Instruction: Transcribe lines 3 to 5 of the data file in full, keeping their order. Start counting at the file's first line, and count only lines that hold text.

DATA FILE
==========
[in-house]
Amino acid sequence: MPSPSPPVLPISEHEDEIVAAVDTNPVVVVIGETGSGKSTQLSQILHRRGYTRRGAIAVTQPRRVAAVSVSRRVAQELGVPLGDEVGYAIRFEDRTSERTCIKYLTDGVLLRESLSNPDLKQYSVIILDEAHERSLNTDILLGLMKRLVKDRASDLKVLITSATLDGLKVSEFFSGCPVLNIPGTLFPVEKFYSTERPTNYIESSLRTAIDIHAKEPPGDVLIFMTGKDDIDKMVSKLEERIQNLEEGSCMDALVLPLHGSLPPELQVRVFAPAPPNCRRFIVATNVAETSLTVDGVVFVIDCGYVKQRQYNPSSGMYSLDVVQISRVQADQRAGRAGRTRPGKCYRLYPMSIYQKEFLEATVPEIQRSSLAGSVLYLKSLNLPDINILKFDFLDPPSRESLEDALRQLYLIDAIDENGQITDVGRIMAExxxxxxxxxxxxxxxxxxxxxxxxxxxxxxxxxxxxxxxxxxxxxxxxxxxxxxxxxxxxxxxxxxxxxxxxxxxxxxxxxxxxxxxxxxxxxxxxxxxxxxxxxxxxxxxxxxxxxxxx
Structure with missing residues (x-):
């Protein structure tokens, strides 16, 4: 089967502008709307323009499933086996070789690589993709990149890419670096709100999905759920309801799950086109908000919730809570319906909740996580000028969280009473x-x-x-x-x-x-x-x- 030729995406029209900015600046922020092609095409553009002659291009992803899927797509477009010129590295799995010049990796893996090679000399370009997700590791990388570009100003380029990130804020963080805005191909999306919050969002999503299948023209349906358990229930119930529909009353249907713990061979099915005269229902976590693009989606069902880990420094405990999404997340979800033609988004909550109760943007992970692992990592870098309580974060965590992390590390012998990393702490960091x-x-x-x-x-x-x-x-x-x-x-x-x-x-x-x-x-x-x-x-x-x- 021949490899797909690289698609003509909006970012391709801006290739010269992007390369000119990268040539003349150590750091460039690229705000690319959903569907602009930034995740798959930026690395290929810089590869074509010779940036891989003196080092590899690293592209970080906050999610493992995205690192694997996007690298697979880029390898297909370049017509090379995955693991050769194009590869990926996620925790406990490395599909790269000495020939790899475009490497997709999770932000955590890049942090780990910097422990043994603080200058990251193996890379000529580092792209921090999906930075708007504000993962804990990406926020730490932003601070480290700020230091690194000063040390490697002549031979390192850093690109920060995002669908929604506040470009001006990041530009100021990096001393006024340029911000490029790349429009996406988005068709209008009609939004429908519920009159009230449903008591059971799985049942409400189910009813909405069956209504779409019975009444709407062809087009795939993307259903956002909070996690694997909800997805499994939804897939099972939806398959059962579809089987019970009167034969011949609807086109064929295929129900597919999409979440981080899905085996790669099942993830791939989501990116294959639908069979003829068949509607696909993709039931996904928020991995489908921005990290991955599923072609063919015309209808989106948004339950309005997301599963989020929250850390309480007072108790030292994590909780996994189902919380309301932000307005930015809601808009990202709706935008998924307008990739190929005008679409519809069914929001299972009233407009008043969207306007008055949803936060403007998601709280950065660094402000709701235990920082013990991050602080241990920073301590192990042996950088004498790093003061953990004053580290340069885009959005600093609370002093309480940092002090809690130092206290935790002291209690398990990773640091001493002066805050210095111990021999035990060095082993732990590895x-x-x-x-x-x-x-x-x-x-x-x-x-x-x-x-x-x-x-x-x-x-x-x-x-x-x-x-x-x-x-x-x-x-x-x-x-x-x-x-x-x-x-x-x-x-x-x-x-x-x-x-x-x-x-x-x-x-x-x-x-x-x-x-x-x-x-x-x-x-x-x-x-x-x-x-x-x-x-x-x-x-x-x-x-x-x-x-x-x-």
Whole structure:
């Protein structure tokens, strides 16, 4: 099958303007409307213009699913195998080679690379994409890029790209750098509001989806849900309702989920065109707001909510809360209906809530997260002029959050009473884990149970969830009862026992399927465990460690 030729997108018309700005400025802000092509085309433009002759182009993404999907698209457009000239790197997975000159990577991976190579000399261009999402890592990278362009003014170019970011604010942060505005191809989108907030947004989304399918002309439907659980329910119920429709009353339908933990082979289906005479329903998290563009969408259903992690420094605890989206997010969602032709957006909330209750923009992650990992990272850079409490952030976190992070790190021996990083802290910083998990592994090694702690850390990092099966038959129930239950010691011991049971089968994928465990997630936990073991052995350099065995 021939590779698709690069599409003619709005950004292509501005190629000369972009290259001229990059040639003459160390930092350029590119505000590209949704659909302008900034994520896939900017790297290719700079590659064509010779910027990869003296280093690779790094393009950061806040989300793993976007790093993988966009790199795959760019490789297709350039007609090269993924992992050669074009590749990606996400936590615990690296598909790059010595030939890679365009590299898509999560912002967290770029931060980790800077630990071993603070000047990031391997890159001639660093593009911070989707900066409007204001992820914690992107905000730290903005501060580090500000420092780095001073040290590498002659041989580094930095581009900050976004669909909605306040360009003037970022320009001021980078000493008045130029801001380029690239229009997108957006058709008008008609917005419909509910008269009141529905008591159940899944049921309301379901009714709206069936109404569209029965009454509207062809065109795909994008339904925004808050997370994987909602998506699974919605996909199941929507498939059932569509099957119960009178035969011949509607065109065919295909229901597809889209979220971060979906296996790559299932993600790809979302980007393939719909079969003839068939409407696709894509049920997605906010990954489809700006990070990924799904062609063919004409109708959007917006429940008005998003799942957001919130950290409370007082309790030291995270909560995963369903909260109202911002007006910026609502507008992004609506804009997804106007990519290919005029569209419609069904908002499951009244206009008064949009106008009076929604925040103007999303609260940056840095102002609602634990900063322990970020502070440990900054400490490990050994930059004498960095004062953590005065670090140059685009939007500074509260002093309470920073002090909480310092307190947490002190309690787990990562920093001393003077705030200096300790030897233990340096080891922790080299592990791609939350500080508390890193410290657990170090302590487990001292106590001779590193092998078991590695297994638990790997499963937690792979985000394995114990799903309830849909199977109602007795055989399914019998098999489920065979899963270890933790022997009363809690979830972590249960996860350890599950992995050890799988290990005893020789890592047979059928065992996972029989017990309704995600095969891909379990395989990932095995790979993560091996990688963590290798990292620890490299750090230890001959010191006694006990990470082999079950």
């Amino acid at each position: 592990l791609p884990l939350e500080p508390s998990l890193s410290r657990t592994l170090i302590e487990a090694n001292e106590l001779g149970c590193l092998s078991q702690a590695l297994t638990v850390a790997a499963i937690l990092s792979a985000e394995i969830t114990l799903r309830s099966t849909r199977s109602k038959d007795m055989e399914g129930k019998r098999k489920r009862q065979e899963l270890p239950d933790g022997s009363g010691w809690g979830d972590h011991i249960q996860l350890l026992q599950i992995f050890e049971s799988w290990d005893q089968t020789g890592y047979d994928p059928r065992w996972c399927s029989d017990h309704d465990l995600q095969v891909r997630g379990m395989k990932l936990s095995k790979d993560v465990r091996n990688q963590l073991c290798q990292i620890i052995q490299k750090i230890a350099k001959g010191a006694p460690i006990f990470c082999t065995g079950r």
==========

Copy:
Structure with missing residues (x-):
């Protein structure tokens, strides 16, 4: 089967502008709307323009499933086996070789690589993709990149890419670096709100999905759920309801799950086109908000919730809570319906909740996580000028969280009473x-x-x-x-x-x-x-x- 030729995406029209900015600046922020092609095409553009002659291009992803899927797509477009010129590295799995010049990796893996090679000399370009997700590791990388570009100003380029990130804020963080805005191909999306919050969002999503299948023209349906358990229930119930529909009353249907713990061979099915005269229902976590693009989606069902880990420094405990999404997340979800033609988004909550109760943007992970692992990592870098309580974060965590992390590390012998990393702490960091x-x-x-x-x-x-x-x-x-x-x-x-x-x-x-x-x-x-x-x-x-x- 021949490899797909690289698609003509909006970012391709801006290739010269992007390369000119990268040539003349150590750091460039690229705000690319959903569907602009930034995740798959930026690395290929810089590869074509010779940036891989003196080092590899690293592209970080906050999610493992995205690192694997996007690298697979880029390898297909370049017509090379995955693991050769194009590869990926996620925790406990490395599909790269000495020939790899475009490497997709999770932000955590890049942090780990910097422990043994603080200058990251193996890379000529580092792209921090999906930075708007504000993962804990990406926020730490932003601070480290700020230091690194000063040390490697002549031979390192850093690109920060995002669908929604506040470009001006990041530009100021990096001393006024340029911000490029790349429009996406988005068709209008009609939004429908519920009159009230449903008591059971799985049942409400189910009813909405069956209504779409019975009444709407062809087009795939993307259903956002909070996690694997909800997805499994939804897939099972939806398959059962579809089987019970009167034969011949609807086109064929295929129900597919999409979440981080899905085996790669099942993830791939989501990116294959639908069979003829068949509607696909993709039931996904928020991995489908921005990290991955599923072609063919015309209808989106948004339950309005997301599963989020929250850390309480007072108790030292994590909780996994189902919380309301932000307005930015809601808009990202709706935008998924307008990739190929005008679409519809069914929001299972009233407009008043969207306007008055949803936060403007998601709280950065660094402000709701235990920082013990991050602080241990920073301590192990042996950088004498790093003061953990004053580290340069885009959005600093609370002093309480940092002090809690130092206290935790002291209690398990990773640091001493002066805050210095111990021999035990060095082993732990590895x-x-x-x-x-x-x-x-x-x-x-x-x-x-x-x-x-x-x-x-x-x-x-x-x-x-x-x-x-x-x-x-x-x-x-x-x-x-x-x-x-x-x-x-x-x-x-x-x-x-x-x-x-x-x-x-x-x-x-x-x-x-x-x-x-x-x-x-x-x-x-x-x-x-x-x-x-x-x-x-x-x-x-x-x-x-x-x-x-x-």
Whole structure: